Jonny Wilkinson is recognised as one of rugby's greatest kickers and this week Sky Sports caught up with the man behind the Toulon ace, Dave Alred.
Alred has been labelled a 'performance guy' by golf's former world No 1 Luke Donald, but the world-famous kicking coach is much more than that.
Alred has an impressive CV in an array of sports. He has been working with the likes of Ireland's Jonathan Sexton, Bath fly-half George Ford and golf's Padraig Harrington.
Performing under pressure is Alred's specialist subject and the Englishman insists there is no quick fix when it comes to perfecting technique and eliminating bad habits.
"I know what I judge my results on, it is money lists and world rankings. I think it is performance, but it's performing under pressure and practising and making sure the practice is relevant," he told Sky Sports.
"It's very easy to try to look for the magic fix. The magic fix does not actually exist.
"Very quickly when you un-pick what people do then usually how they practice can be changed a little bit. Their attitude, their attitude can be pretty good to be honest. It really works from there."
Alred has experience in rugby, golf, soccer, Aussie rules and cricket and believes that working in a variety of sports has helped him become a better all-round coach.
"The principles that underpin performance in all of those (sports) are very, very similar," he continued.
"Clearly in rugby and to an extent Aussie Rules with the kicking, I'm technically far enough ahead to be able do that myself and to a certain extent the same in soccer.
"In golf it's better to work with a swing coach. For example I used to work with Pat Goss with Luke Donald and Pete Cowan with Padraig Harrington. I would often work not necessarily alongside but try to be aware of what they're doing so that the practice that I'm suggesting actually supports what they are developing in their swing.
"It would be unfair to pick out (my) favourite sport, but every sport so far has supported other sports. Definitely working in golf made me more of an effective rugby coach without doubt.
"Working in rugby made me perhaps a far more effective golf coach. In that I had a much more simplistic view about performance and being front-footed and getting the right attitude of a 'can-do' attitude rather than a 'let's see if it is possible' attitude.
"Everything complements one another. The more sports I do it's almost as if a little bit of dust settles on all the others. To me it's just a fascinating learning experience."
Alred still works with former England international Wilkinson. One might not think the veteran Toulon star would need a lot of coaching nowadays, but the experienced coach still has an important role to play.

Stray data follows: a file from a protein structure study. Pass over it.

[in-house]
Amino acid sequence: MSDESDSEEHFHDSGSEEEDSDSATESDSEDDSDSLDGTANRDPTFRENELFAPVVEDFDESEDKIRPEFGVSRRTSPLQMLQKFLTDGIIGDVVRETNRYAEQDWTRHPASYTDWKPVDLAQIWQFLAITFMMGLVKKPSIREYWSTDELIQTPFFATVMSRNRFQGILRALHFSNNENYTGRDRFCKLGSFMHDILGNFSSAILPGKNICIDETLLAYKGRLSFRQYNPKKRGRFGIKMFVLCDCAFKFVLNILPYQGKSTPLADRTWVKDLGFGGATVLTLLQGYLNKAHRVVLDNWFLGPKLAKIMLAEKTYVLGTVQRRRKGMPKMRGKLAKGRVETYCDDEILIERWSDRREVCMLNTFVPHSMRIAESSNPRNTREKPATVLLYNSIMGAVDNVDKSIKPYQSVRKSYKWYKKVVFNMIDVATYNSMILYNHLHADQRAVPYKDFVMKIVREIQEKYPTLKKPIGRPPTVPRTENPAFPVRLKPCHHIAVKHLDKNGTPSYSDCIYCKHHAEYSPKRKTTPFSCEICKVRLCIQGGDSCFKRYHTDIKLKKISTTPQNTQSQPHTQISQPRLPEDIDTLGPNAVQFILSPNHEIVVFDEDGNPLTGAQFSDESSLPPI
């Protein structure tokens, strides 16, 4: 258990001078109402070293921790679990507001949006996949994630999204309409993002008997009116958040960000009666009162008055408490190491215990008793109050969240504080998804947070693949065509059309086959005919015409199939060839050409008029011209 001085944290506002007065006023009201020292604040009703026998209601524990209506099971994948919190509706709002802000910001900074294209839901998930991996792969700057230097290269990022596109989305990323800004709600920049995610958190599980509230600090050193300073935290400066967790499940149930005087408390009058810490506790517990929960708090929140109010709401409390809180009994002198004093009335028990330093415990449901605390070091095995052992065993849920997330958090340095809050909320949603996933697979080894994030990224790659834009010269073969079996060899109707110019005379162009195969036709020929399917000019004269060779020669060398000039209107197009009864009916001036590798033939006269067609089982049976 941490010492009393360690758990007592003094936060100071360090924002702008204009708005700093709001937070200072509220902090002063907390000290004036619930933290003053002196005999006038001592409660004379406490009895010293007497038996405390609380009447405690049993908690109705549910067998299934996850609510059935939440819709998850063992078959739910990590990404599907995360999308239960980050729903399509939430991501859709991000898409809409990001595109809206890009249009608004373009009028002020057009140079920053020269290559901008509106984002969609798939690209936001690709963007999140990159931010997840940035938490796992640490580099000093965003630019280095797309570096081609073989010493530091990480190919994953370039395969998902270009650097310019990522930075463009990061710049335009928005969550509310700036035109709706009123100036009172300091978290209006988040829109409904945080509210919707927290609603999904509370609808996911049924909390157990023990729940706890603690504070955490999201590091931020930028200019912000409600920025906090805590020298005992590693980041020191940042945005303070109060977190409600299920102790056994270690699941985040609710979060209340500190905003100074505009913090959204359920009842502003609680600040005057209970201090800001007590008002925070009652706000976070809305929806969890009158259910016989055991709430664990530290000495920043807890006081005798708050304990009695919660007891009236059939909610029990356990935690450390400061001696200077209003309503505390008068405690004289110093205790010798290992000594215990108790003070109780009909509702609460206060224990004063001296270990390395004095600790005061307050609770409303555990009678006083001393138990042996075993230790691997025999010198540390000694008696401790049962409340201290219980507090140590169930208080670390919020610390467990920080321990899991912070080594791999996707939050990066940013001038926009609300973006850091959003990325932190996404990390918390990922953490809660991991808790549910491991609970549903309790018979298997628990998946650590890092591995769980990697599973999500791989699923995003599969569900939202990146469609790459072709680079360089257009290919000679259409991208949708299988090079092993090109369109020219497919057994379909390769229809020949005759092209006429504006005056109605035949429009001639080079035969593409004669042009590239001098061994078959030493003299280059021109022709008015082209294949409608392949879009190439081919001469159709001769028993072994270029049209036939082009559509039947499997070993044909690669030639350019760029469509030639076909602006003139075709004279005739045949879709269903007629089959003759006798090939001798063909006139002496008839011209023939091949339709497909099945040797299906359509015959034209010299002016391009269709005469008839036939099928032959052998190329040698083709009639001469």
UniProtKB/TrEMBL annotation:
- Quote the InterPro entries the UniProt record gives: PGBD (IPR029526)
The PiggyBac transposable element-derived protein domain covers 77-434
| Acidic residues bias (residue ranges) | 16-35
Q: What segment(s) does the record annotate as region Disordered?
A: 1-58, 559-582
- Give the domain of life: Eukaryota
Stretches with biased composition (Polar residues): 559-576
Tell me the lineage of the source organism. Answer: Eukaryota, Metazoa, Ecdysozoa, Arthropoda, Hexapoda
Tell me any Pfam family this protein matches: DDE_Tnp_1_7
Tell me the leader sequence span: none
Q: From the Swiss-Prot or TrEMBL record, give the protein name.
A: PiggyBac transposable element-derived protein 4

"I'm still helping him this pre-season. I worked a lot with him at the tail end of last season. Things weren't going quite as he wanted and then the run-in to the Heineken Cup, the quarter-final onwards I was pretty heavily involved with his work to the final in Dublin.
"It's not a question of keeping him on his toes. It's more a question as humans we're quite a complex sort of organism really. We don't get out of bed the same and sometimes we made adaptions without knowing it. Things change without us knowing it and then we pursue that line and that change becomes a fault and then we think 'how did that happen?'
"Often somebody from the outside can look at somebody and in 30 seconds can identify what needs to happen. But it doesn't take 30 seconds to fix, sadly. Being aware of it is the first thing and the second thing is then working out a practice schedule that allows him to change that.
"Phil Mickelson despite winning the Scottish Open and the British Open still works with Butch Harmon. I think there is an arrogance to believe that a player knows it all. The same too with coaching, we don't know it all and the whole issue of performance is a world of discovery still."
Alred is a supporter of Gillette's Great Start Coaching Programme that celebrates the important role of coaches and encourages people to get into coaching by offering grants.
"I think it's fantastic. It's one of the best things that's happened in grass-roots coaching. The national governing bodies to their credit really do work hard on the technical aspects of the sport. What Gillette have done is given a way of delivery to hopefully allow the coaches (a) to enjoy their coaching more and (b) to be able to create more sustainable change to the athletes and the kids that they are working with.
"I hope the aspiring young coaches can go away and actually question the way they deliver and organise sessions so that they become more exciting for the people that are being involved, so that they have a greater longevity within the sport.
"This, to me, it might be seen as something that is 'we're just going to help people', but actually it's giving people the tools to make a much more sustainable change on the individuals. I think it's a fantastic opportunity. Anybody that is coming to the end of their playing career or deciding that coaching is going to be better than playing or whatever else, should really get in touch through the Facebook page and look at ways of getting funded to get started on a coaching career.
"That is where the future of British sport lies as well as this whole issue of the threat of obesity with teenagers, so we need to enthuse about involvement in sport as part, if you like, of the medical challenge which is right around the corner if we're not careful.
Dave Alred supports Gillette's Great Start programme that celebrates the important role of coaches and encourages people to get into coaching by offering grants. To apply for a coaching grant visit www.facebook.co.uk/GilletteUK
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